Complications of Diverticulitis
Diverticulitis Complications PDF Print E-mail

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It is truly amazing that so few people that have diverticulosis actually end up with any type of complication, especially when you compare this to the number of people who have this condition.  Yet, there are complications that do occur and when they do some can be very serious and dangerous.

  • Diverticulitis:  As the diverticulum develops it creates a thin wall in that area of the colon.  The colon is a great home to many good bacteria, and that is beneficial as long as those bacteria remain in the colon.  Sometimes these bacteria have been known to seep through these thin walled diverticulum thus causing the infection called diverticulitis.  Some get only a mild case with a little discomfort in their lower left abdomen area.  Others experience extreme pain and tenderness along with a fever.  It is very important to seek the medical attention of you doctor to have it checked out and to start a round of antibiotics.  The remainder of the treatment will require either a liquid or high fiber diet to give the bowels time to heal and rest.  In dire cases patients will be hospitalized to help get control the symptoms and infection.

  • Bleeding: Up to about 25% of all patients with diverticulitis may experience bleeding.  It can begin when a blood vessel ruptures in the diverticuli and as a result it may produce blood from the rectum or if the bleeding is from the right of the colon it could cause black stools.  Sometimes the bleeding may stop by itself and not require any further treatment.  However, if you have any kind of bleeding from the rectum you should consult your doctor, for if the bleeding continues surgery may be required.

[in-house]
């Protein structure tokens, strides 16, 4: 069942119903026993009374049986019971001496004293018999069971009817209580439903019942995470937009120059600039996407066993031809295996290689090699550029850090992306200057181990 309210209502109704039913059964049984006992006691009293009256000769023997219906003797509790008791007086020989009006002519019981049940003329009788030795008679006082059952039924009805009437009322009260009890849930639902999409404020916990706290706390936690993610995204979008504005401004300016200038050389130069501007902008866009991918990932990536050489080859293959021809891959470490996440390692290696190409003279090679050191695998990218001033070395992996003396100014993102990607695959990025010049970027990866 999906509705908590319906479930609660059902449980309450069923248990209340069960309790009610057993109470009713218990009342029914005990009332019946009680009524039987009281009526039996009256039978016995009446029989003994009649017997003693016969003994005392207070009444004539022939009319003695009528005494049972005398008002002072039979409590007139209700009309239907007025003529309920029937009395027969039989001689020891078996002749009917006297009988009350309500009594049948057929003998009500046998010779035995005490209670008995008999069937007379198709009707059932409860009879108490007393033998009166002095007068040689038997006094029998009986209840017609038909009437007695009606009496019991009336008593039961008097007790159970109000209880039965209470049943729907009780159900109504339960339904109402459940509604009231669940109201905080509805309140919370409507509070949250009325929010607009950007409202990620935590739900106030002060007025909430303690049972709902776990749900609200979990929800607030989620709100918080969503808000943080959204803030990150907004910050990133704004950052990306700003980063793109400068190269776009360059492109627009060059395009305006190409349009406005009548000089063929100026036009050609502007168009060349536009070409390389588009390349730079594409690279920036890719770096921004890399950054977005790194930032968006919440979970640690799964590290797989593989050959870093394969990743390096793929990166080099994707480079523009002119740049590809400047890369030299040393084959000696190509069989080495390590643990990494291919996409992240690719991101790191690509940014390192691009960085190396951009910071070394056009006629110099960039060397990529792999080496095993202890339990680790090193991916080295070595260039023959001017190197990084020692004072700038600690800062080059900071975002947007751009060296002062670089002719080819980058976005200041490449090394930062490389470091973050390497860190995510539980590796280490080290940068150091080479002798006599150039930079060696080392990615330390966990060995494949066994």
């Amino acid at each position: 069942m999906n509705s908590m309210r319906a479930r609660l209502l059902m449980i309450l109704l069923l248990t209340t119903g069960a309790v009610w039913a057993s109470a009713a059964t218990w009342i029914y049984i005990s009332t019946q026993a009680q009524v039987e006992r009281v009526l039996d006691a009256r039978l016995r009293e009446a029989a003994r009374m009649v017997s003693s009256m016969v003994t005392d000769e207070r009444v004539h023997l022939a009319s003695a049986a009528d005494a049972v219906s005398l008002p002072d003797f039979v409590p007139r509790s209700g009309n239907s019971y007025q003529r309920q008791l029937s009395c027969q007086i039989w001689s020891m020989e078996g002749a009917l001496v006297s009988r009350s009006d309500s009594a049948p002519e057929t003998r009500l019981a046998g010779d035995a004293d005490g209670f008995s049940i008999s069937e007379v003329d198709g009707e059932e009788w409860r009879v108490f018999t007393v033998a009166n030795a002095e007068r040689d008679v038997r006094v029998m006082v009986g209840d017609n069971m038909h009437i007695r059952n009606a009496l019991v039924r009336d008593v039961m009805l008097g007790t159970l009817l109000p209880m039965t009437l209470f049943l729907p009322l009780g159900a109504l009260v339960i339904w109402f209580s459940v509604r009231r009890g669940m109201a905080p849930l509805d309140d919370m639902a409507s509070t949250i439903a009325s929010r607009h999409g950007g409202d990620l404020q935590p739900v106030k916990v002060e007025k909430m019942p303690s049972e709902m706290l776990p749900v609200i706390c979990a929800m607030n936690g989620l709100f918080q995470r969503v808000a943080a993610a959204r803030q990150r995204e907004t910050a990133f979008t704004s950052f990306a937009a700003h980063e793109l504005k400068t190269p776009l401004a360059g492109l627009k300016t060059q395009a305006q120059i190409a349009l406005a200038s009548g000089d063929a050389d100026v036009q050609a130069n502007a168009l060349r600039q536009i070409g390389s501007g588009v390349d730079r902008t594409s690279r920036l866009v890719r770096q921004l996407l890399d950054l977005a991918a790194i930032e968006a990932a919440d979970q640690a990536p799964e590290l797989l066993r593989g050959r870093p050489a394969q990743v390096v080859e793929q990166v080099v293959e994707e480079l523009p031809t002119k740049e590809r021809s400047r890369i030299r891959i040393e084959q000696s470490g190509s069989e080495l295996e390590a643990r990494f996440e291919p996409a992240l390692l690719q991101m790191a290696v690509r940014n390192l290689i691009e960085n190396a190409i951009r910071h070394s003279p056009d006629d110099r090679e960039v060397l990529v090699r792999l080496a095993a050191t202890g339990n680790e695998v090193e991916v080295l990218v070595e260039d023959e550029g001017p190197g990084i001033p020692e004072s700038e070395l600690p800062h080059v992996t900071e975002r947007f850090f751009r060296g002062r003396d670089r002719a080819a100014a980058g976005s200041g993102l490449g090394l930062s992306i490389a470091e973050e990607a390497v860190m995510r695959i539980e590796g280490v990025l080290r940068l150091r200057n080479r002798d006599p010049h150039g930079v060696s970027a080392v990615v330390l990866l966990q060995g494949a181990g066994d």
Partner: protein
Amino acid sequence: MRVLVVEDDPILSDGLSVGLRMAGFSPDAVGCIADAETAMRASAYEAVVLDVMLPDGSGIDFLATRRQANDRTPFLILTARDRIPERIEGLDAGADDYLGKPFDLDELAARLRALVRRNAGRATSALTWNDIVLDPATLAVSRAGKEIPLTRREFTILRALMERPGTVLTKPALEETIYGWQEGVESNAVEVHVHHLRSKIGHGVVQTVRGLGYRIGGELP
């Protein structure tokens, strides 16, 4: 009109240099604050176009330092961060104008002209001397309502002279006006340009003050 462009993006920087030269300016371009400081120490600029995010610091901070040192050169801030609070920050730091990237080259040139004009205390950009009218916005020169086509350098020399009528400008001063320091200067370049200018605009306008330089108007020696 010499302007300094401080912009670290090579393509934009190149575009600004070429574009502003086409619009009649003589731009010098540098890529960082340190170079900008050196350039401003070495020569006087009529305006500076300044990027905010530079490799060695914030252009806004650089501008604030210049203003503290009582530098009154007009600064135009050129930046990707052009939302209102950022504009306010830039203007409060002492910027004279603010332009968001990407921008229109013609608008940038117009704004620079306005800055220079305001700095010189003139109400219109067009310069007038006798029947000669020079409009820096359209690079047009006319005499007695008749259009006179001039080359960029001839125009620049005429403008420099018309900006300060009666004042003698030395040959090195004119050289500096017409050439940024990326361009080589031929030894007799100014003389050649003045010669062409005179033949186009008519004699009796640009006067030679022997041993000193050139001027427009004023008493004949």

• Abscess, Perforations, Peritonitis:  These are the most dangerous complications connected to diverticulosis. They are the least common, but the most serious.  When a diverticulitis infection does not clear up after a few days on antibiotics, and the conditions worsen, an abscess may develop in the colon.  An abscess occurs when an infected area creates pus that may cause swelling, and then destroys the tissue of the colon.  When an abscess is small and stays in the colon, it can be cleared up with antibiotics.  However if the antibiotics do not clear it up the doctor may need to drain it.  The procedure to drain the abscess is called percutaneous catheter drainage; this is a simple procedure that the doctor inserts a small needle through the skin and drains the fluid into a catheter tube.  Occasionally surgery is needed to clean the smaller abscess and if necessary remove the infected part of the colon.  A larger abscess can actually become a very serious problem.  When the infected contents of the intestine leaks out and spreads into the abdominal cavity it is called peritonitis.  This will require immediate surgery to clean out the abdominal cavity and remove the infected damaged area of the colon.  Although rare, if this is ignored and goes without surgery peritonitis can be fatal.

  • Fistula: This is a formation of an abnormal connection of tissues generally between two organs, or an organ and the skin.  A fistula occurs during an infection when damaged tissues come into contact with each other, attach themselves, and then heal that way.  When the infection related to an abscess spreads outside the colon the colon’s tissue may attach to nearby tissues generally the bladder, skin, or small intestine.  Generally the most common fistula is between the colon and bladder which can result in an intense long-lasting infection of the urinary tract.  This problem can be taken care of with surgery to remove the affected part of the colon and fistula. 

     
  • Intestinal Obstruction:  This is when scarring caused by the infection of the colon causes a partial or total blockage of the large intestines.  When this occurs, the bowel contents can not be moved normally by the colon.  When the intestinal obstruction completely blocks off the intestine emergency surgery is necessary.  A partial blockage is not an emergency; however it will still require a planned surgery to correct it.
 
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